Monday, April 6, 2015

Monday, April 6, 2015 — DT 27621 (Bonus Puzzle)


Prologue

It being Easter Monday, the National Post did not publish a print edition today. Here is DT 27621, the puzzle that would have appeared had there been a paper.

Once again, I found the puzzle to be rather on the gentler side.

Enjoy the puzzle and the remainder of your long weekend.

As always, I invite you to leave a comment to let us know how you fared with the puzzle.


Puzzle at a Glance
Puzzle Number in The Daily Telegraph
DT 27621
Publication Date in The Daily Telegraph
Wednesday, October 15, 2014
Setter
Jay (Jeremy Mutch)
Link to Full Review
Big Dave's Crossword Blog [DT 27621]
Big Dave's Crossword Blog Review Written By
2Kiwis
BD Rating
Difficulty - ★★ Enjoyment - ★★★
Falcon's Experience
┌────┬────┬────┬────┬────┬────┬────┐
███████████████████████████████████
└────┴────┴────┴────┴────┴────┴────┘
Legend:
- solved without assistance
- incorrect prior to use of puzzle solving tools
- solved with assistance from puzzle solving tools
- solved with aid of checking letters provided by puzzle solving tools
- solved but without fully parsing the clue
- unsolved or incorrect prior to visiting Big Dave's Crossword Blog
- solved with aid of checking letters provided by solutions from Big Dave's Crossword Blog
- reviewed by Falcon for Big Dave's Crossword Blog
- yet to be solved
Notes
I am expecting the National Post to skip this puzzle which was published in The Daily Telegraph on Wednesday, October 15, 2014.

Notes on Today's Puzzle

This commentary is intended to serve as a supplement to the review of this puzzle found at Big Dave's Crossword Blog, to which a link is provided in the table above.

Primary indications (definitions) are marked with a solid underline in the clue; subsidiary indications (be they wordplay or other) are marked with a dashed underline in all-in-one (&lit.) clues, semi-all-in-one (semi-&lit.) clues and cryptic definitions. Explicit link words and phrases are enclosed in forward slashes (/link/) and implicit links are shown as double forward slashes (//). Definitions presented in blue text are for terms that appear frequently.

Across

1a   A rep's new role /as/ potential replacement (5,4)

6a   Fifty per cent of cost doubled with a // drink (5)

9a   Low points /for/ the elk? (5)

In Britain, elk[5] is another name moose. The animal known to North Americans as an elk[5] is called a wapiti in the UK.

10a   Source of crude pictures? (3,6)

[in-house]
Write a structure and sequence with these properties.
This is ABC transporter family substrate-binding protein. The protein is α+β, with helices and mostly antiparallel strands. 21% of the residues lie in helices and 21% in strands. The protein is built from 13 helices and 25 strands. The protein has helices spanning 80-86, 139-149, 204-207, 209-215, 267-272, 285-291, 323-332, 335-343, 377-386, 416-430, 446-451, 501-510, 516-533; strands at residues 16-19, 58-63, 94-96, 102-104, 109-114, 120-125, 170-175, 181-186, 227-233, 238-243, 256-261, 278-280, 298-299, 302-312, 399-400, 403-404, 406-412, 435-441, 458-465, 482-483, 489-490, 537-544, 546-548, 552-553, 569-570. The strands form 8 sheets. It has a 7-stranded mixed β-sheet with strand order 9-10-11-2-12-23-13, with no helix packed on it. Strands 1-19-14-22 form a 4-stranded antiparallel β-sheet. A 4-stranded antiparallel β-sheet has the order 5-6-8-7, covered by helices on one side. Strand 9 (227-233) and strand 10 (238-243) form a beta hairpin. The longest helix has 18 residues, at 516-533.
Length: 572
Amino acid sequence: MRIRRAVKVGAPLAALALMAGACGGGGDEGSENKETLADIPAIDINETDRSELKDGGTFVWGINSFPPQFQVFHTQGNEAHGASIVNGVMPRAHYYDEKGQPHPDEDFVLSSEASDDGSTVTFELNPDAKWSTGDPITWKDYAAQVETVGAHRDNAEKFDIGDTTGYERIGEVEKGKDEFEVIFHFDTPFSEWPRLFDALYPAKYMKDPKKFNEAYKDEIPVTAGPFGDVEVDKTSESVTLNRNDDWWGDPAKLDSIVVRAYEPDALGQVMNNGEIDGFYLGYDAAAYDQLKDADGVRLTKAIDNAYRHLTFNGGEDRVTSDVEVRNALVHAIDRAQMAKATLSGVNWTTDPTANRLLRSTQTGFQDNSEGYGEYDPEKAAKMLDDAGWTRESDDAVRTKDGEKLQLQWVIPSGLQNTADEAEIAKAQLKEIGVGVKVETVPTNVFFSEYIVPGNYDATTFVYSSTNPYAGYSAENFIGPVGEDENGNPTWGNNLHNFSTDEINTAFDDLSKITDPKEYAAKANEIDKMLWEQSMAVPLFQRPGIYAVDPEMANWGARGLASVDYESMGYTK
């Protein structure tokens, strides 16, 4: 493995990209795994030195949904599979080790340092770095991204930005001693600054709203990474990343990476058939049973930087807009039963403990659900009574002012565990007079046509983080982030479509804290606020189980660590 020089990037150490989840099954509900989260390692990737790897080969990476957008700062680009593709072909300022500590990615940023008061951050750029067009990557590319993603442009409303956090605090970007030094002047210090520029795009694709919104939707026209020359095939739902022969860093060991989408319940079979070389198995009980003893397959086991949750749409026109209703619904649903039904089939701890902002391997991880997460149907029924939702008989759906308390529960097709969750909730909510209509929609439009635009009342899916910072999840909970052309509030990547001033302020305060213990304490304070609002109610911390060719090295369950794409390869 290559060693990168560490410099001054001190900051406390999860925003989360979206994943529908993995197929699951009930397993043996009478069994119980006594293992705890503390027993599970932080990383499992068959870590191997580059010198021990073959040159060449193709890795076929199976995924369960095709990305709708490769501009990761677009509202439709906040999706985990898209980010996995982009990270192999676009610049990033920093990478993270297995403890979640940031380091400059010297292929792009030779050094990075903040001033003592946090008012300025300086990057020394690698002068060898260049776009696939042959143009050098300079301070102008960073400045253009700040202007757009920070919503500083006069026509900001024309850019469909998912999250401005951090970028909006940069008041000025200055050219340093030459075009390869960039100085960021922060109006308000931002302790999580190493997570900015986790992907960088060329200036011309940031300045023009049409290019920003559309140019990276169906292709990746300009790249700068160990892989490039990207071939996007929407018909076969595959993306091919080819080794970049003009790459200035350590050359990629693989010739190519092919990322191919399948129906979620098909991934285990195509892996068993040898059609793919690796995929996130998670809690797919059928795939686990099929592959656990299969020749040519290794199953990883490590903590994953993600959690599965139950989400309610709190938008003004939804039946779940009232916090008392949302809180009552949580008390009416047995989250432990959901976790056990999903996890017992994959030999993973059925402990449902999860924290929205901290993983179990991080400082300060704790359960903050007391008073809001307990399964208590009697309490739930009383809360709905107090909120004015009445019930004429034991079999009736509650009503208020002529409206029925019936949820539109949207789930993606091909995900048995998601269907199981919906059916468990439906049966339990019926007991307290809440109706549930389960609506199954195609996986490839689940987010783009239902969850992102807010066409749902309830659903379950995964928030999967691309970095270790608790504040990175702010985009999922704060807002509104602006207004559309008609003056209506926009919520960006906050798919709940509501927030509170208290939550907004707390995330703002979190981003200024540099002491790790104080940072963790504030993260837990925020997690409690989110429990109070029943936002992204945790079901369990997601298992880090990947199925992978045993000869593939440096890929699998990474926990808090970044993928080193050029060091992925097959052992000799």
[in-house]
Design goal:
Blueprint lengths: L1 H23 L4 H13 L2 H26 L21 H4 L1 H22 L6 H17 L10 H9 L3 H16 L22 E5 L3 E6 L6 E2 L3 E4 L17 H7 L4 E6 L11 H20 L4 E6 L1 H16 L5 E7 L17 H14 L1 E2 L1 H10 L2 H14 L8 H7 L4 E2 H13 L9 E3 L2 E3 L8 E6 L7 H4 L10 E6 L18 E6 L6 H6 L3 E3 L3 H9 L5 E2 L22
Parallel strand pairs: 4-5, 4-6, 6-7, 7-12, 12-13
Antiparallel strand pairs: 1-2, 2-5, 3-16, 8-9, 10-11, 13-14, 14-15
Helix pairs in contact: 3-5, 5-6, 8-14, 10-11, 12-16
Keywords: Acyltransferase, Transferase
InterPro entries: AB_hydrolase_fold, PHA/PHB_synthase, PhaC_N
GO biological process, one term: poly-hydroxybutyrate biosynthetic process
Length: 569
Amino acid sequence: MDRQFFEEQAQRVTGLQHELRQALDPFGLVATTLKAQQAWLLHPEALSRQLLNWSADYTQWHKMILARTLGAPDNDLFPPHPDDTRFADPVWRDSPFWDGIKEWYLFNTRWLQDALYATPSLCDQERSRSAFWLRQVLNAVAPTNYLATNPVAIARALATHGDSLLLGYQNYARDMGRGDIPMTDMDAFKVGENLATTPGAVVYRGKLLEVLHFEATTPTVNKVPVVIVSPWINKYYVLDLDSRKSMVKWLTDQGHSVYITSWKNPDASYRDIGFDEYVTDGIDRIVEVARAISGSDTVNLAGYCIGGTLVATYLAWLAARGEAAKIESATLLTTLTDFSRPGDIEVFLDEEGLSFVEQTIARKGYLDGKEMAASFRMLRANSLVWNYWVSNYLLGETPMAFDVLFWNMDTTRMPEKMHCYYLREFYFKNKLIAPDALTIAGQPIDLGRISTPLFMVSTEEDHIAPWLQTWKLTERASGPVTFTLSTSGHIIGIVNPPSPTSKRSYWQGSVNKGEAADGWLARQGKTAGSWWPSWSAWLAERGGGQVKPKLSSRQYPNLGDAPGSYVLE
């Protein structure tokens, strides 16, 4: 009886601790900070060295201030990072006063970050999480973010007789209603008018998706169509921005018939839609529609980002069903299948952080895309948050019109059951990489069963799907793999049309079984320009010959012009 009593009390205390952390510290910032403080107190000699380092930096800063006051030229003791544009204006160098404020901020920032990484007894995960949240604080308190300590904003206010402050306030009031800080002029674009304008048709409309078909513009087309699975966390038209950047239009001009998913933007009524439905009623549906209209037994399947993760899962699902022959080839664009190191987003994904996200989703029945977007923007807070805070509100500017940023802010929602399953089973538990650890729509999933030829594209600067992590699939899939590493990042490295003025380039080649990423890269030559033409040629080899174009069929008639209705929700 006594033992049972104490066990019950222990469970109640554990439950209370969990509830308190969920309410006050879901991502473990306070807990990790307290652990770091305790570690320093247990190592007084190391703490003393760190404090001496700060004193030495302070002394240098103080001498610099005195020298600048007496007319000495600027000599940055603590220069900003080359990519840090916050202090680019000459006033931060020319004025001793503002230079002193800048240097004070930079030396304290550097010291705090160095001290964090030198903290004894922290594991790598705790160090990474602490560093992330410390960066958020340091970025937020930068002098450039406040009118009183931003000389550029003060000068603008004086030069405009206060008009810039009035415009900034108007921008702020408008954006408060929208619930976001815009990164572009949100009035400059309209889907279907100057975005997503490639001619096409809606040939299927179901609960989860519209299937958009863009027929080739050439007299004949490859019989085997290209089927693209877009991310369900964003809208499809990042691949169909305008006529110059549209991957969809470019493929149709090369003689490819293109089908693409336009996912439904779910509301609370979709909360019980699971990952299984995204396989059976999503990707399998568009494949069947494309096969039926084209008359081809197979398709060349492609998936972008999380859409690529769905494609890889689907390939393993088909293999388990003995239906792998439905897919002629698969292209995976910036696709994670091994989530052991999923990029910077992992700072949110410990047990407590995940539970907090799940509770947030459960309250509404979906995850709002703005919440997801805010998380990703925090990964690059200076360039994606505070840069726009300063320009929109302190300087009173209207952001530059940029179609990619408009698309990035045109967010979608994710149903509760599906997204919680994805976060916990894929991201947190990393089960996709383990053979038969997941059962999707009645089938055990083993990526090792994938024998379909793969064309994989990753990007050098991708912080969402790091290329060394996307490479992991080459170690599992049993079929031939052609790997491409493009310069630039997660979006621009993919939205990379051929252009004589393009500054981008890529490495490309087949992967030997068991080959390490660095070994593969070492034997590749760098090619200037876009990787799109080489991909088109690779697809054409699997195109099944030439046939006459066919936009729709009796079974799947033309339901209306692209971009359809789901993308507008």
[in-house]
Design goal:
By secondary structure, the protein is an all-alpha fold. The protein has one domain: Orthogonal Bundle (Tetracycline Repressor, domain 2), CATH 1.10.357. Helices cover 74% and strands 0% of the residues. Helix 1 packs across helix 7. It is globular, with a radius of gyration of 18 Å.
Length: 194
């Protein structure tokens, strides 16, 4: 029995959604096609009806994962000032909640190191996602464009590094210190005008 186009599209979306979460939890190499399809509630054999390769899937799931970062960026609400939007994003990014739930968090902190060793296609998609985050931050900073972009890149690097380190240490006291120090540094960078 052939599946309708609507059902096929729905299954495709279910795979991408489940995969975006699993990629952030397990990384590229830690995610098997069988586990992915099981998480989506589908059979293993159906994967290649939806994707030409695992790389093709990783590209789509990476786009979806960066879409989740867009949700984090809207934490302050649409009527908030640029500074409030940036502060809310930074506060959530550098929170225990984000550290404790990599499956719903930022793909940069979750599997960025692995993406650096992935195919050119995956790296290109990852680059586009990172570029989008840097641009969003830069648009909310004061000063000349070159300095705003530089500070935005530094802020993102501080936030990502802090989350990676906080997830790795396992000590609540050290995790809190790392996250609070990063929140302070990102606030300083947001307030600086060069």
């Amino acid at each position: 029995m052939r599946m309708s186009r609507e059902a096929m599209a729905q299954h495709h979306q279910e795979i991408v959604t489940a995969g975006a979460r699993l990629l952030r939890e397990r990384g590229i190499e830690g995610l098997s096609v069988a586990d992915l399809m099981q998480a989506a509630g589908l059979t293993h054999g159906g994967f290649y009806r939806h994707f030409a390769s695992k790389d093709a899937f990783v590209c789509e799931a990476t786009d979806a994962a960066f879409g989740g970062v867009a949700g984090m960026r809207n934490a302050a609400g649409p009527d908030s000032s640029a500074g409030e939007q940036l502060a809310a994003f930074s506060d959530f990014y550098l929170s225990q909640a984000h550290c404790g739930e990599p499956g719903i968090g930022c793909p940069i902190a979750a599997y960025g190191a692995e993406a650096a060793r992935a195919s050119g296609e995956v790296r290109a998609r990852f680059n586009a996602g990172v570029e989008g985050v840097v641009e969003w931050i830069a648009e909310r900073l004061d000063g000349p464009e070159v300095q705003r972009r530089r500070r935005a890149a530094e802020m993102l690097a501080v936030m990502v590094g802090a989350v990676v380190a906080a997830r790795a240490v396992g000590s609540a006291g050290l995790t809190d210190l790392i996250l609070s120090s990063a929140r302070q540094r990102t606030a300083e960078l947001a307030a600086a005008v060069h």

Presumably ones painted with crude oils.

11a   Gets very angry about expensive car // crushers (5-7)

Roller[5] is an informal British term for a car made by Rolls-Royce.

14a   Counters // which are found in chemistry lab? (7)

This is a double definition, with the first being a riposte or comeback. Mentally augment the second definition, reading it as though it were written "[things] which are found in chemistry lab".

16a   Perfect state /of/ vehicle found in revolutionary Iran (7)

17a   Very nearly returned /for/ a coat (3)

Another way of saying "returned" would be 'came back'. Substitute this in the clue and you get:
  • Very nearly came back /for/ a coat (3)
The wordplay is a reversal (back) of CAM[E] with the final letter removed (very nearly).

Mac[5] is an informal name for a mackintosh[5], a British term for a full-length waterproof coat.

18a   Two-faced drunk, dismissing women // actually (2,5)

20a   Save to cover river // passage (7)

22a   Watch /kept on/ potential nuclear evils? (12)

26a   Decoration /for/ navy chaps after trouble west of Taiwan (9)

The Royal Navy[5] (abbreviation RN) is the British navy. It was the most powerful navy in the world from the 17th century until the Second World War.

27a   Ring area /supplying/ gas (5)

28a   Given medicine, does drunk do without love? (5)

In tennis, squash, and some other sports, love[5] is a score of zero or nil ⇒ love fifteen. The resemblance of a zero written as a numeral (0) to the letter O leads to the cryptic crossword convention of the word "love" being used to clue this letter.

29a   Heir/'s/ triumph, with York defenceless (9)

Scratching the Surface
York[5] is a city in North Yorkshire, northern England, on the River Ouse; population 136,900 (est. 2009). The Romans occupied the site, known as Eboracum, from AD 71 until about AD 400; in AD 867 it was taken by the Vikings. It is the seat of the Archbishop of York and is noted for its magnificent cathedral, York Minster.